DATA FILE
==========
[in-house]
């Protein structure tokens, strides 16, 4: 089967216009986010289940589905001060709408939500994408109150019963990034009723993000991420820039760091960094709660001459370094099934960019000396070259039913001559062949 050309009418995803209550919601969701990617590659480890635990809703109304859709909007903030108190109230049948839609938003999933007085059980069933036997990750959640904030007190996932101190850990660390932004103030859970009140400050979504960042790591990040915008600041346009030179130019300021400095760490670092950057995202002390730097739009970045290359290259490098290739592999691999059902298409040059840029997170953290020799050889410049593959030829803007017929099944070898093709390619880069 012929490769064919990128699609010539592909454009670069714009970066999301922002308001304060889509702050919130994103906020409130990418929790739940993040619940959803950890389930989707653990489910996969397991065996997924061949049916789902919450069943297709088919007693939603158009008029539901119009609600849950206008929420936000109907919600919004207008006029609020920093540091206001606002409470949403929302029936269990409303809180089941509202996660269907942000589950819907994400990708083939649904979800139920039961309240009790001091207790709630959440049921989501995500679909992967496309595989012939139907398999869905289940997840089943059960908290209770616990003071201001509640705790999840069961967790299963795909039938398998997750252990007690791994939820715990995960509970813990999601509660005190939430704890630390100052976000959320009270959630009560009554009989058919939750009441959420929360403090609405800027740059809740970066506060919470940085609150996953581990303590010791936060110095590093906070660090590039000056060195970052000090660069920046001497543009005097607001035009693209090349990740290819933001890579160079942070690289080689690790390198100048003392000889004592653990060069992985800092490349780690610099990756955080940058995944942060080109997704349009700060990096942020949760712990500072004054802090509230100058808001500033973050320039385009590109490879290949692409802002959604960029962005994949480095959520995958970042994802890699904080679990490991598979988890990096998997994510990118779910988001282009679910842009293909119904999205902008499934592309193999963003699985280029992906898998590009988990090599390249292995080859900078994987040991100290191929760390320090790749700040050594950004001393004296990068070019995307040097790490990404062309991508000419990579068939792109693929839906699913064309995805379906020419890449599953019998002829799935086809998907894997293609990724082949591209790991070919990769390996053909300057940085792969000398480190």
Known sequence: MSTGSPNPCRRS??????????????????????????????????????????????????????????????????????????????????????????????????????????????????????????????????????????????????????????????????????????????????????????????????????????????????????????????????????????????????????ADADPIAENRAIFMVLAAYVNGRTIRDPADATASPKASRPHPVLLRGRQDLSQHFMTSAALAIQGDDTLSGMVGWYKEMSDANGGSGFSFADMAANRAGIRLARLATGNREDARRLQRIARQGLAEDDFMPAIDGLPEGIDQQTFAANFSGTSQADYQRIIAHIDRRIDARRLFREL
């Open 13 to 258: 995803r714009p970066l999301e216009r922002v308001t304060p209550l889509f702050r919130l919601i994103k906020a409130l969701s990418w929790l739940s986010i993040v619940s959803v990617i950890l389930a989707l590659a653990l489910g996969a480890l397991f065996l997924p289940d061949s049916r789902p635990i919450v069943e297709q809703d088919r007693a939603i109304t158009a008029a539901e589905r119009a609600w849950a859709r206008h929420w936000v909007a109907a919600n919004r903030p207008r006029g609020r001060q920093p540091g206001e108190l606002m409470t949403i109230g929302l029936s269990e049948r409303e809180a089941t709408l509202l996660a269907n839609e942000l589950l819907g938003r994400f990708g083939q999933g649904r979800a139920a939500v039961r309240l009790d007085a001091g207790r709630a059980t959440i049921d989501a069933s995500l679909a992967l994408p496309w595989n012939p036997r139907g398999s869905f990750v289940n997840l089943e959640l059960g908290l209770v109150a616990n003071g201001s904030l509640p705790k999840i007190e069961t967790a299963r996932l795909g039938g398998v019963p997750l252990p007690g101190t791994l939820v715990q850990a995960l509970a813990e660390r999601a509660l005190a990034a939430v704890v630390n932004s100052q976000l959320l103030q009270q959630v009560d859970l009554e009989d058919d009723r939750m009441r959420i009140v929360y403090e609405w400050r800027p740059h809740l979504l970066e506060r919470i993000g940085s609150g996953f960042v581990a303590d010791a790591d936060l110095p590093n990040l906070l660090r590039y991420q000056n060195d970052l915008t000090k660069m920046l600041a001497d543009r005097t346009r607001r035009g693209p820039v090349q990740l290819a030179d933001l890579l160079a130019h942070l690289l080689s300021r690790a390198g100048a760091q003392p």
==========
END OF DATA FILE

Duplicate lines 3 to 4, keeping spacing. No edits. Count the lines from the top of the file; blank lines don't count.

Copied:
Known sequence: MSTGSPNPCRRS??????????????????????????????????????????????????????????????????????????????????????????????????????????????????????????????????????????????????????????????????????????????????????????????????????????????????????????????????????????????????????ADADPIAENRAIFMVLAAYVNGRTIRDPADATASPKASRPHPVLLRGRQDLSQHFMTSAALAIQGDDTLSGMVGWYKEMSDANGGSGFSFADMAANRAGIRLARLATGNREDARRLQRIARQGLAEDDFMPAIDGLPEGIDQQTFAANFSGTSQADYQRIIAHIDRRIDARRLFREL
């Open 13 to 258: 995803r714009p970066l999301e216009r922002v308001t304060p209550l889509f702050r919130l919601i994103k906020a409130l969701s990418w929790l739940s986010i993040v619940s959803v990617i950890l389930a989707l590659a653990l489910g996969a480890l397991f065996l997924p289940d061949s049916r789902p635990i919450v069943e297709q809703d088919r007693a939603i109304t158009a008029a539901e589905r119009a609600w849950a859709r206008h929420w936000v909007a109907a919600n919004r903030p207008r006029g609020r001060q920093p540091g206001e108190l606002m409470t949403i109230g929302l029936s269990e049948r409303e809180a089941t709408l509202l996660a269907n839609e942000l589950l819907g938003r994400f990708g083939q999933g649904r979800a139920a939500v039961r309240l009790d007085a001091g207790r709630a059980t959440i049921d989501a069933s995500l679909a992967l994408p496309w595989n012939p036997r139907g398999s869905f990750v289940n997840l089943e959640l059960g908290l209770v109150a616990n003071g201001s904030l509640p705790k999840i007190e069961t967790a299963r996932l795909g039938g398998v019963p997750l252990p007690g101190t791994l939820v715990q850990a995960l509970a813990e660390r999601a509660l005190a990034a939430v704890v630390n932004s100052q976000l959320l103030q009270q959630v009560d859970l009554e009989d058919d009723r939750m009441r959420i009140v929360y403090e609405w400050r800027p740059h809740l979504l970066e506060r919470i993000g940085s609150g996953f960042v581990a303590d010791a790591d936060l110095p590093n990040l906070l660090r590039y991420q000056n060195d970052l915008t000090k660069m920046l600041a001497d543009r005097t346009r607001r035009g693209p820039v090349q990740l290819a030179d933001l890579l160079a130019h942070l690289l080689s300021r690790a390198g100048a760091q003392p």